Tuesday, September 30, 2014

Cabrera's Forgotten Season

Cabrera was curiously ignored this season despite his impressive numbers (ESPN)
Maybe I wasn't paying close enough attention, but I felt like we just went through an entire baseball season without talking about Miguel Cabrera.

Not only did his Tigers capture their fourth straight division title, but they did so with Cabrera once again posting monster numbers in the middle of their lineup. While his production sagged below his career norms--especially compared to the last four years--it was still outstanding. He batted .313/.371/.524, good for a 147 wRC+ and .384 wOBA (both seventh in the American League). His counting stats were exceptional as well; 25 home runs, 109 RBI, 101 runs, 320 total bases and a league-leading 52 doubles. With 5.4 fWAR he was one of the ten most valuable position players in the American League, but nobody seems to be seriously campaigning for him to win his third straight award.

I just don't get it. The guy puts up huge numbers, his team wins the division, and we forget about him? Like all of the sudden he doesn't exist anymore? What makes this lack of recognition even more strange is that Cabrera was a constant presence, playing all but three games this year. It's not like he got hurt for a few weeks and fell off the face of the earth for a little while. He was out there everyday. How do you think he reached 25 home runs, 100 RBI and 300 total bases for the 11th straight year?

Cabrera's consistency went unnoticed, as a lot of other Tigers got more ink this year. Justin Verlander and Joe Nathan fell apart, and their demise attracted a lot of negative attention. Victor Martinez had a remarkable, MVP-caliber season batting behind Cabrera. Ian Kinsler was phenomenal in his Detroit debut, making everyone forget about Prince Fielder. Torii Hunter somehow warded off age for another year. J.D. Martinez came out of nowhere and emerged as one of the best hitters in baseball. Brad Ausmus replacing Jim Leyland. Detroit trading for David Price at the deadline and still almost not winning the division. Just on the Tigers alone, there were lots of other storylines besides Cabrera this year. He was overshadowed.

Part of me thinks it was a response to Cabrera became a little overrated over the last couple of years. He won the Triple Crown in 2012, something nobody had done in 45 years, but Mike Trout was clearly better. Last year was more of the same. Cabrera once again had awesome statistics, even better than the year he won the Triple Crown, but again Trout was better. Cabrera won the MVP both years even though he was the league's fourth-most valuable player each time. It was like Juan Gonzalez beating out A-Rod, Nomar Garciaparra, and Derek Jeter for MVPs in the late '90s.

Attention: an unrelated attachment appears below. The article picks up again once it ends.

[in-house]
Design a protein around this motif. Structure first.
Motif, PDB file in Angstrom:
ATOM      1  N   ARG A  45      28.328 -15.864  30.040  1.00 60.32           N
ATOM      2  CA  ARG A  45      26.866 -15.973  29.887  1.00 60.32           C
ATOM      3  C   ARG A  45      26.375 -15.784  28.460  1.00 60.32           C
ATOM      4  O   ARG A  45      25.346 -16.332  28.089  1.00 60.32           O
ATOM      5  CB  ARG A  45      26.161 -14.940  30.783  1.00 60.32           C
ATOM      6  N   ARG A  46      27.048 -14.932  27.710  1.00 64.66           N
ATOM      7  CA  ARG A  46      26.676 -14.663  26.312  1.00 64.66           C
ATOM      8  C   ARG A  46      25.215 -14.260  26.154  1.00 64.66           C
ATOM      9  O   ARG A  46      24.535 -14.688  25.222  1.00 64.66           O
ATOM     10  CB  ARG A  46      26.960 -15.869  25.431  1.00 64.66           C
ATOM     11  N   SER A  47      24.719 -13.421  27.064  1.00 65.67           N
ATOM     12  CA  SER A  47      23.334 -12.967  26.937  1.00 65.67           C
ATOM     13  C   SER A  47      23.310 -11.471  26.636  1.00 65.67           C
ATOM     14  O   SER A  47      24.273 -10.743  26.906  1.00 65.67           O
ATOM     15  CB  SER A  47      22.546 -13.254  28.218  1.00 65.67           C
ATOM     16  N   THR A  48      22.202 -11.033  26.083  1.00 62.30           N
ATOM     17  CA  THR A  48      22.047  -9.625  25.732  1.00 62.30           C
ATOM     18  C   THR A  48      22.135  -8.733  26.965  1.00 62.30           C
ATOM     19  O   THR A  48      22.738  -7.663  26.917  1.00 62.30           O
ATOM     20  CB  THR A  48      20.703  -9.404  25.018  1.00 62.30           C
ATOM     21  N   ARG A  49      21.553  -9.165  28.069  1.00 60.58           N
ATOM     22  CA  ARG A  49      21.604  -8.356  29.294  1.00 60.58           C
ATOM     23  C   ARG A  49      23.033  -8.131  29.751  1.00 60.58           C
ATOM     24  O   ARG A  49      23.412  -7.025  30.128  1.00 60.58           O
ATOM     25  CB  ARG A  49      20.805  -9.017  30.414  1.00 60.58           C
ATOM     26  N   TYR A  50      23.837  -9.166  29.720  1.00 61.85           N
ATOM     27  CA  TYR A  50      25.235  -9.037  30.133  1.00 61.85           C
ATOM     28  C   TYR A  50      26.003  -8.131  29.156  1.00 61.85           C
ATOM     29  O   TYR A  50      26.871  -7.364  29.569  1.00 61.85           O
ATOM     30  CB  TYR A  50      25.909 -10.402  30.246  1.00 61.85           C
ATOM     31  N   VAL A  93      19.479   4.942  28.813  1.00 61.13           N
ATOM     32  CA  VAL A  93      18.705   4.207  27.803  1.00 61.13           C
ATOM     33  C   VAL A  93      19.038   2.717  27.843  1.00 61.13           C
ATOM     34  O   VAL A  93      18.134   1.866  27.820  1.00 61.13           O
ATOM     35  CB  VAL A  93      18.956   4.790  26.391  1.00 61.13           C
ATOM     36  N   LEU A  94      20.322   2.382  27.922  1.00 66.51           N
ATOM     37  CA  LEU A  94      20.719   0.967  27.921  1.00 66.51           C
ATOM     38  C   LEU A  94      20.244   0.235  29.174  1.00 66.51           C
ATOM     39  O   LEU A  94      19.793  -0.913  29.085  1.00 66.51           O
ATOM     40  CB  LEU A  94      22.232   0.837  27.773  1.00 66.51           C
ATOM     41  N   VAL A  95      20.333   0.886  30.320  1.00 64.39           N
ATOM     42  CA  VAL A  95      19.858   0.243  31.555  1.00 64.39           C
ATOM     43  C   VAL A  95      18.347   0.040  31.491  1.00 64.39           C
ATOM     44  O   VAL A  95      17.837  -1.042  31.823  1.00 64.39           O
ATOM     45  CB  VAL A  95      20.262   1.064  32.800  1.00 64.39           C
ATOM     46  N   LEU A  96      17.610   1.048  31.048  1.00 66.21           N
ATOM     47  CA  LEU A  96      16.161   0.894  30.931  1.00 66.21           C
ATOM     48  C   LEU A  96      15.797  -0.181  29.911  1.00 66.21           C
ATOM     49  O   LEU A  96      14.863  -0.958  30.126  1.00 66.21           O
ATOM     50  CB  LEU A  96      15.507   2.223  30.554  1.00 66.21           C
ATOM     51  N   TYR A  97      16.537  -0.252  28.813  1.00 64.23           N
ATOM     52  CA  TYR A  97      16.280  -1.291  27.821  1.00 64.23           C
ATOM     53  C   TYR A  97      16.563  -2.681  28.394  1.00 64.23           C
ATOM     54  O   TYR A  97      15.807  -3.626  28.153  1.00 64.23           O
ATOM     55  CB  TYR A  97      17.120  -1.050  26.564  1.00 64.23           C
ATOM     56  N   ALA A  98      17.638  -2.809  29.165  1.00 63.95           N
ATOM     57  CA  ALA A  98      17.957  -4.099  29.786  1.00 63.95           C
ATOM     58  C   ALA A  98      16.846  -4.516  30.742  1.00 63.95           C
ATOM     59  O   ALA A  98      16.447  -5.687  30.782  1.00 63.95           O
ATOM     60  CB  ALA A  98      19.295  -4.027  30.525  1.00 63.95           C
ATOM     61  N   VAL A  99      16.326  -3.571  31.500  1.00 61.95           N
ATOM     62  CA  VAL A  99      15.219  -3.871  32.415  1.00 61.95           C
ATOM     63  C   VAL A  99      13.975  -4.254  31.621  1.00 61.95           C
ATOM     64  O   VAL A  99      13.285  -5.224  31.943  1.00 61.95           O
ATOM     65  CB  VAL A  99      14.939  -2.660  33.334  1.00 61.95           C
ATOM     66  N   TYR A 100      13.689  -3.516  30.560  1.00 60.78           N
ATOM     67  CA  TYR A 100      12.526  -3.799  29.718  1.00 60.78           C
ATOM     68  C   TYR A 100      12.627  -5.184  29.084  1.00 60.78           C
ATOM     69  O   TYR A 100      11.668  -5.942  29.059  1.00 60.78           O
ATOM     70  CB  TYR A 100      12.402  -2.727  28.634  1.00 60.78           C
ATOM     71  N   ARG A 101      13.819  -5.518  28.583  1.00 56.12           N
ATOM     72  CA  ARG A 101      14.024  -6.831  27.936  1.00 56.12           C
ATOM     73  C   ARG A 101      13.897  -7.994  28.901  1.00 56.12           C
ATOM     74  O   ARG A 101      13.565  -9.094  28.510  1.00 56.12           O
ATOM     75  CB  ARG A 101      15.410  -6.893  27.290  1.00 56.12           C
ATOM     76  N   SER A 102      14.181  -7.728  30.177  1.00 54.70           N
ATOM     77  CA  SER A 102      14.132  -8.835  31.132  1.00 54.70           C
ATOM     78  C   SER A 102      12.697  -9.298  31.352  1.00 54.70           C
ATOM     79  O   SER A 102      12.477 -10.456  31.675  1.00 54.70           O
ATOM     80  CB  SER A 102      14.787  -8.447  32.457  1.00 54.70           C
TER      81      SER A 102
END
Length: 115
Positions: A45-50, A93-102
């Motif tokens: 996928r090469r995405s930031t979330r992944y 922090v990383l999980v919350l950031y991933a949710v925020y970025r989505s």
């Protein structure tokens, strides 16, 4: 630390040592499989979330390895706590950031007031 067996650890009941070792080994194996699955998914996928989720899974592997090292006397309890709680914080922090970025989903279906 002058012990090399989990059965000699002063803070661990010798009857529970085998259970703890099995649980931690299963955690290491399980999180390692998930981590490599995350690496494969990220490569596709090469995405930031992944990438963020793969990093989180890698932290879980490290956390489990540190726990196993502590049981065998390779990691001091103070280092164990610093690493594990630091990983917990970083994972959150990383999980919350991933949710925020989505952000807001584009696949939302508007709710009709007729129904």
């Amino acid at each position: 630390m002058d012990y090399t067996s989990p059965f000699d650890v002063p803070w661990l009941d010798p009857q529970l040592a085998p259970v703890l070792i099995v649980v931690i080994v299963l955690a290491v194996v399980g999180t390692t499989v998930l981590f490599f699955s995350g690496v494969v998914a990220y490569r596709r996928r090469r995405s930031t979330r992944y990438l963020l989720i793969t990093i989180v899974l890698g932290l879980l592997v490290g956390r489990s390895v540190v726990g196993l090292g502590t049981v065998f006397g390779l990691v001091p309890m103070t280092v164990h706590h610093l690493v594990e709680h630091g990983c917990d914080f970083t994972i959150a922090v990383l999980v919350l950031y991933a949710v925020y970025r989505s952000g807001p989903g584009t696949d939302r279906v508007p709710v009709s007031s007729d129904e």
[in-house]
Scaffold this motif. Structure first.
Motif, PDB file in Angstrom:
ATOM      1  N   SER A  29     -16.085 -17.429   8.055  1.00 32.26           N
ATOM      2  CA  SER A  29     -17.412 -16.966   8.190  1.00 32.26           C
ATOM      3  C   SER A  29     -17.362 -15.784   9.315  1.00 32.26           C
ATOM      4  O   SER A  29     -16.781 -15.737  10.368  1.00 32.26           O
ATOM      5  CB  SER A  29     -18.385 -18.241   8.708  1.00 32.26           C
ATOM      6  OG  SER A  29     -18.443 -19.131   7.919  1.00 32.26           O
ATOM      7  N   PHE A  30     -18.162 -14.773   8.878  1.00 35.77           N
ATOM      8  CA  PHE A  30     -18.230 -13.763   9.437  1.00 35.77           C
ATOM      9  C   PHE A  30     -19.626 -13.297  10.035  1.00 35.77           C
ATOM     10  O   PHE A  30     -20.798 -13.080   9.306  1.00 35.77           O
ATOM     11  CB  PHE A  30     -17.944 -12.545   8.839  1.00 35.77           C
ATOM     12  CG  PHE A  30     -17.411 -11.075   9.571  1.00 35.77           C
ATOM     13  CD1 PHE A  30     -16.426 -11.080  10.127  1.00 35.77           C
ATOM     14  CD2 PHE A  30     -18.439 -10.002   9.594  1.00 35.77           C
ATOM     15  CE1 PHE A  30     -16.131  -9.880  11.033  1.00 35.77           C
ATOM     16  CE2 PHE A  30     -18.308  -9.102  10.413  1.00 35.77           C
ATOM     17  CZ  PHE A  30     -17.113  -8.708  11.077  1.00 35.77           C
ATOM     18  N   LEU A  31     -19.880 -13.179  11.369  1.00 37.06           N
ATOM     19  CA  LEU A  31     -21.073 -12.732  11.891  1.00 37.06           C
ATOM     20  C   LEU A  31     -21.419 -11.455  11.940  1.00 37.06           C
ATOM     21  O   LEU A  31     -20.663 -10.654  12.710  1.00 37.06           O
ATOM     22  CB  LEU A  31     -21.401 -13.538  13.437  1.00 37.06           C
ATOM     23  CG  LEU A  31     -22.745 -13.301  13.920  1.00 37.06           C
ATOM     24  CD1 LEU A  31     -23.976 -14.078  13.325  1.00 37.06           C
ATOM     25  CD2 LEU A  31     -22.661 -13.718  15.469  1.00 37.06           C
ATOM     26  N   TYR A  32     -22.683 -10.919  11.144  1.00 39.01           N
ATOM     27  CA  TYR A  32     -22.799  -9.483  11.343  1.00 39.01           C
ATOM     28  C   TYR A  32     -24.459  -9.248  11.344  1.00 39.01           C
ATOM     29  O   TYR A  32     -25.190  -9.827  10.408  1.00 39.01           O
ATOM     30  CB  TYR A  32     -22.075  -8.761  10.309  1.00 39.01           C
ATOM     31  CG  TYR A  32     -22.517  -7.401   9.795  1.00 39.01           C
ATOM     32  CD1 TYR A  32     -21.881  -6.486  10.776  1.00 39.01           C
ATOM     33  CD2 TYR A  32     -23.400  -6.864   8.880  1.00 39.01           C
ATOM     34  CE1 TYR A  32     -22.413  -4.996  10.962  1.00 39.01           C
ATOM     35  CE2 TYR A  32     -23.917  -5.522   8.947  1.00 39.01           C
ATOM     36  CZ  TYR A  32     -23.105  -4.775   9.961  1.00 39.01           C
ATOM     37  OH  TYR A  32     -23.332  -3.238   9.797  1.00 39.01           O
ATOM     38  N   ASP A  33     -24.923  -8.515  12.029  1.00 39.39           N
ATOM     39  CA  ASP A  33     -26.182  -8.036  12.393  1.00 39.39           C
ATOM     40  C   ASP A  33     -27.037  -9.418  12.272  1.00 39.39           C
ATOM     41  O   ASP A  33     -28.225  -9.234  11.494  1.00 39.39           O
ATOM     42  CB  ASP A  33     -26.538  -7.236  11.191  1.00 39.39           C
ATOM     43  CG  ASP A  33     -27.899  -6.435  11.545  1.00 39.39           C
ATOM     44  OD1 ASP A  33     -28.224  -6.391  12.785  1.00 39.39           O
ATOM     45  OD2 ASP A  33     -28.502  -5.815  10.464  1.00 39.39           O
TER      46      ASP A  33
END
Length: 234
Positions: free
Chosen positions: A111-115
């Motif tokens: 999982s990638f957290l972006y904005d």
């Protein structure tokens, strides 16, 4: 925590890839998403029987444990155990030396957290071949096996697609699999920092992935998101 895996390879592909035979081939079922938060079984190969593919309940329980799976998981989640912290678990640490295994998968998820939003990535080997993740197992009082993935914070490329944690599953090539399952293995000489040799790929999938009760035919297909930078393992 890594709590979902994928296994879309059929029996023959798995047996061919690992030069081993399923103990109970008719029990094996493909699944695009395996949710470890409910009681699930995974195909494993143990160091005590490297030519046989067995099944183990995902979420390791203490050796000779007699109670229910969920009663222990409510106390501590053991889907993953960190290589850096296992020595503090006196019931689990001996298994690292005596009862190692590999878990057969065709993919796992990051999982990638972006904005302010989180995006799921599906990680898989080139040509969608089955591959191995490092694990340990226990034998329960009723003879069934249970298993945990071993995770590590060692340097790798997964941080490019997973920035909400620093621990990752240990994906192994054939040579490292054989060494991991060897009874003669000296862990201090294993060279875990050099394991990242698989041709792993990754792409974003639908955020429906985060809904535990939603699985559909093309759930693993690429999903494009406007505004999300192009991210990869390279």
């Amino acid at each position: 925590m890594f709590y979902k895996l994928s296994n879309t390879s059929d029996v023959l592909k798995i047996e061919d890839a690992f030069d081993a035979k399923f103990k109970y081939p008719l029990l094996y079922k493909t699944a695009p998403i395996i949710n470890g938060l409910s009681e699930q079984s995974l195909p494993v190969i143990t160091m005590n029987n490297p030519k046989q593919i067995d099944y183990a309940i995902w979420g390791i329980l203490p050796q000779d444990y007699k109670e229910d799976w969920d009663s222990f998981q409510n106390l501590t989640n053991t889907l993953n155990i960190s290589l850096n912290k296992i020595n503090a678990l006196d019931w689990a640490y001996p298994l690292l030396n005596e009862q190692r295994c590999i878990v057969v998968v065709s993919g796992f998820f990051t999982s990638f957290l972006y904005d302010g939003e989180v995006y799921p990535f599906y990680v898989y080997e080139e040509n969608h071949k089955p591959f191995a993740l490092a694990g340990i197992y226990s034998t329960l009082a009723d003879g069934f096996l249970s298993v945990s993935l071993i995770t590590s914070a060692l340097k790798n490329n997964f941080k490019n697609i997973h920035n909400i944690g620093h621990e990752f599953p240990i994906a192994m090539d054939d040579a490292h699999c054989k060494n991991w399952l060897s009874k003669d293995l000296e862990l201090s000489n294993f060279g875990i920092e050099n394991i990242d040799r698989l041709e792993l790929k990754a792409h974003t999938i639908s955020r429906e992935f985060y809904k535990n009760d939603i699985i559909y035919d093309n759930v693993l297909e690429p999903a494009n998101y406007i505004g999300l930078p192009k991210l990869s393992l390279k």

Then Cabrera signed that ridiculous contract, the eight-year, $248 million extension that doesn't even kick in until after next year, and for the first time in over a decade baseball's highest paid player wasn't Alex Rodriguez. The love for Cabrera, one of the game's more underrated players for the first ten years or so of his career, had swung too far in the other direction. He'd gone from under-appreciated to horribly overrated.

So, when he had a merely great season this year, nobody seemed to notice. He very clearly declined, but not so much that people started asking "what's wrong with Cabrera?" or began calling him out for being an overpaid bum. He was not extraordinary enough to fawn over like Trout or Giancarlo Stanton or Clayton Kershaw, but he was still productive enough to skirt any criticism that might come his way.

Of course, the Tigers should be worried about Cabrera. Despite moving back to first base, his OPS still fell nearly 200 points compared to last year. He just had the second-worst ISO and third-worst walk rate of his career. After walking more than he whiffed in 2011 and maintaining an almost-even ratio last year, he fanned more than twice as often as he walked this year, something he hasn't done since 2008. He's going to be 32 next April. Alarm bells should be going off. It's Albert Pujols all over again.

But for now Cabrera continues to fly under the radar. That will probably change over the next couple weeks if he comes up with a few big hits or strikes out in key situations. The Tigers are still trying to win their first World Series in 30 years, after all, and if Cabrera helps them do that then he'll be back in the spotlight where he belongs.

Maybe he's not the best hitter on the planet anymore, but he's still among the best, and that's worth talking about.

Sunday, September 28, 2014

Mike Trout: "Average" MVP

Trout will win AL MVP even though his batting average isn't exceptional 
While the debate's been raging over who deserves to be the National League MVP this year (clearly Clayton Kershaw), the American League's outcome has been a foregone conclusion for months. This is the year Mike Trout wins his first (should be third) MVP award.